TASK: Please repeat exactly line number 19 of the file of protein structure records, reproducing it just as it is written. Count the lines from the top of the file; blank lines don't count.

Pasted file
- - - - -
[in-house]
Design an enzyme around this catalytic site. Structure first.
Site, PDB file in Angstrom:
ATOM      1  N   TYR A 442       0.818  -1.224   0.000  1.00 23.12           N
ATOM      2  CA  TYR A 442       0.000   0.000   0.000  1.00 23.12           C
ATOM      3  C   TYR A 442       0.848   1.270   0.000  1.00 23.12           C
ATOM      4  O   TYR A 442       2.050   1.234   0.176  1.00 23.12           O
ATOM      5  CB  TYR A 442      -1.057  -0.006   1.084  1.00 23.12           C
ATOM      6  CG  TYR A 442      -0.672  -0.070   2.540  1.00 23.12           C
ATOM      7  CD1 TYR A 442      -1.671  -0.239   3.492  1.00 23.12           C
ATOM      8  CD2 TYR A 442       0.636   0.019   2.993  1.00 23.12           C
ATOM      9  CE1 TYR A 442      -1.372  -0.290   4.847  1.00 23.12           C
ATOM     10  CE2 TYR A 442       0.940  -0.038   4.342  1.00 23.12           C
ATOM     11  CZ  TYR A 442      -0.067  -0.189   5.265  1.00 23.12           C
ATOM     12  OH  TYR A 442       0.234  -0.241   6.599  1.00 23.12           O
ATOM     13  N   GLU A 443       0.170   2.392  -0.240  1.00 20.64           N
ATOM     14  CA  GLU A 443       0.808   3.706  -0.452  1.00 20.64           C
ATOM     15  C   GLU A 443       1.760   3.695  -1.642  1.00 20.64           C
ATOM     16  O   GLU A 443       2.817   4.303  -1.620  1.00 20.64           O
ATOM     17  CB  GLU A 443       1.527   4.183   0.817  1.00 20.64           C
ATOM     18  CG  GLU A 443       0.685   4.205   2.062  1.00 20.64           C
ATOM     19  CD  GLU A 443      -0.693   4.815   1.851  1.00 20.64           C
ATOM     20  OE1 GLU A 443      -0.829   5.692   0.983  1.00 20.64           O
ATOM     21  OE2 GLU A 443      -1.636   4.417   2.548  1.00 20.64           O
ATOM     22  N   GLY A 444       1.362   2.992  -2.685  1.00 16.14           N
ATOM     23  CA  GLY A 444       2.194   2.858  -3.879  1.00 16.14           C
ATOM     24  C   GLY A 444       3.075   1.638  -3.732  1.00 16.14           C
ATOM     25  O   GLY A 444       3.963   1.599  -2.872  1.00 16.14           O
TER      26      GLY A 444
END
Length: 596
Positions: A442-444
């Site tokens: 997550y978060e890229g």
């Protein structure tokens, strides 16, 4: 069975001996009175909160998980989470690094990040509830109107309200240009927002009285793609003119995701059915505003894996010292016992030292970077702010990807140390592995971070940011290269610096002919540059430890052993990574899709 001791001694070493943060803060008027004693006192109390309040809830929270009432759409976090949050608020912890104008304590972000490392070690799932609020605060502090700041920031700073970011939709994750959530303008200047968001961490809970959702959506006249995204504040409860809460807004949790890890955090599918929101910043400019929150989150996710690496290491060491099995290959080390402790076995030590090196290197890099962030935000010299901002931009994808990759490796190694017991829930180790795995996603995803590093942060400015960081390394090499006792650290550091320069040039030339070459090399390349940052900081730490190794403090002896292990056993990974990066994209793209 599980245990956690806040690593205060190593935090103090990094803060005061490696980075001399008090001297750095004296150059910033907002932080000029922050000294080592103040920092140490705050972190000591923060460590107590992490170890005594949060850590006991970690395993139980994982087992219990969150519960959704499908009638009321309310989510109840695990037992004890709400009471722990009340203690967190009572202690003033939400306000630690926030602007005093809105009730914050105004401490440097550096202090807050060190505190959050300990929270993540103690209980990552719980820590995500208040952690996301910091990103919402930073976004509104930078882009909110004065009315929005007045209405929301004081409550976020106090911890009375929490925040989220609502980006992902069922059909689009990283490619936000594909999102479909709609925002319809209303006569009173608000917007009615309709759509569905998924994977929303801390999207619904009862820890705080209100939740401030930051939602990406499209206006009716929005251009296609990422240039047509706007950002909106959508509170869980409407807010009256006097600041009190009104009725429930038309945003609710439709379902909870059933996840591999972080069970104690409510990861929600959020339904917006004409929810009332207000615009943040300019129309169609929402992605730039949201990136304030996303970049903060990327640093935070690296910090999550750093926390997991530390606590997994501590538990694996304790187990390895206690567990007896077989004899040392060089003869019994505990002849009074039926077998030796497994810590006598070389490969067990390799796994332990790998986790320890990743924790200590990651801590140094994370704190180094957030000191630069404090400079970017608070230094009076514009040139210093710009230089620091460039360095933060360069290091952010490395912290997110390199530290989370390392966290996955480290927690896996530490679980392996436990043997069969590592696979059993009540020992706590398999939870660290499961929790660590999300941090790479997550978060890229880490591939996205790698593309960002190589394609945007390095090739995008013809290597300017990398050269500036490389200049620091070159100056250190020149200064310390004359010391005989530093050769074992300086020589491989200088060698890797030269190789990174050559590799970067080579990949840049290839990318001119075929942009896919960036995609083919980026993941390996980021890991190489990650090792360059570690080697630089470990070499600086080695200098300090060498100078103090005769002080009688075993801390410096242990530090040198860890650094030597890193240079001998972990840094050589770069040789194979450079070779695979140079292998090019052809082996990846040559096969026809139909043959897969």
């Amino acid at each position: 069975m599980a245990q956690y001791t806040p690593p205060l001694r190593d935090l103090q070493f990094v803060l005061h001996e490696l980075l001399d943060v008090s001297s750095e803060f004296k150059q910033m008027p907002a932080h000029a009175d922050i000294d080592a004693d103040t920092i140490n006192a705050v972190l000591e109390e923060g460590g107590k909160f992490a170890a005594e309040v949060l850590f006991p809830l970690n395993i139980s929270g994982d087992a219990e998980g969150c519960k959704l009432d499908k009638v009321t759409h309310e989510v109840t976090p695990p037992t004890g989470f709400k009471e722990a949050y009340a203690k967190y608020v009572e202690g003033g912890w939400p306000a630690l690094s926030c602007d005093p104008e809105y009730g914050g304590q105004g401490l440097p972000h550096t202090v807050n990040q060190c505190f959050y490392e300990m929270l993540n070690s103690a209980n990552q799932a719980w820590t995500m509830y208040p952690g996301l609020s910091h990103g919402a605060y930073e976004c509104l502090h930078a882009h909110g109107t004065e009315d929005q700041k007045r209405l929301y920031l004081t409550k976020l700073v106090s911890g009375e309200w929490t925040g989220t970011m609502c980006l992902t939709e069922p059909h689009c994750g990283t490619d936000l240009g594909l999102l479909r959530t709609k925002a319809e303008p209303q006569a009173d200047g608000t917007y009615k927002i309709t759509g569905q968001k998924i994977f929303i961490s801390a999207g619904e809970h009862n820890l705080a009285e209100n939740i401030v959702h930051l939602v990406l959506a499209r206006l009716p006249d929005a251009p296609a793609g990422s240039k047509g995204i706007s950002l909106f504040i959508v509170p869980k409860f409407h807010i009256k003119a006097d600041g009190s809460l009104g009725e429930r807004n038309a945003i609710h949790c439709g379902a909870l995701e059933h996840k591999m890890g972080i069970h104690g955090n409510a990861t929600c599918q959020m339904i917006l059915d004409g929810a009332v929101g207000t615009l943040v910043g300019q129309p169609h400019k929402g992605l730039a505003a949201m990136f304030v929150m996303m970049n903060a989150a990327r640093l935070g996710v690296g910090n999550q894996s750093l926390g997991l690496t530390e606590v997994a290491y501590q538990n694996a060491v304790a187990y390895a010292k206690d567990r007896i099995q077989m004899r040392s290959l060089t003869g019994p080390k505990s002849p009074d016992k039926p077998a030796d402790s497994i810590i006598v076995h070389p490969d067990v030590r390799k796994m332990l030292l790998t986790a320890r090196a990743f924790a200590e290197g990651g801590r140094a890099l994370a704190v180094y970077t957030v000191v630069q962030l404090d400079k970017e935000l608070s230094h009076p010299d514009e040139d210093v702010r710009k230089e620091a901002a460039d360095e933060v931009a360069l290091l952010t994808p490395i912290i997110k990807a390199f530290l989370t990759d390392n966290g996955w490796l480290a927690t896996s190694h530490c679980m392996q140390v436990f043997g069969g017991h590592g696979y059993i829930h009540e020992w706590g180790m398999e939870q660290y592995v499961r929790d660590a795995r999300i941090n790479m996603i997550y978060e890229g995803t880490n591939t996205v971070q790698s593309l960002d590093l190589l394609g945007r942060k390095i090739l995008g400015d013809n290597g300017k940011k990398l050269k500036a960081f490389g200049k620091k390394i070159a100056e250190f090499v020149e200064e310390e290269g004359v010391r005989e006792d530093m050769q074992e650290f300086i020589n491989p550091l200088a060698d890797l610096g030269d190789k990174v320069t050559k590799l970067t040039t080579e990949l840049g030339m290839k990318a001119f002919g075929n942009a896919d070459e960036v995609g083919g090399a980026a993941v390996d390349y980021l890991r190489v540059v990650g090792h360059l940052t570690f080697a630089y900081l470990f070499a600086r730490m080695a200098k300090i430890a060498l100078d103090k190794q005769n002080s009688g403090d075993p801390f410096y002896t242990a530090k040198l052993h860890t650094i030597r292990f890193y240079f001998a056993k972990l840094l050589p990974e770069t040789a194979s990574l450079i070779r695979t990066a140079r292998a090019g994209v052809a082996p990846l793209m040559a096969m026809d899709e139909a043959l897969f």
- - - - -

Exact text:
ATOM     16  O   GLU A 443       2.817   4.303  -1.620  1.00 20.64           O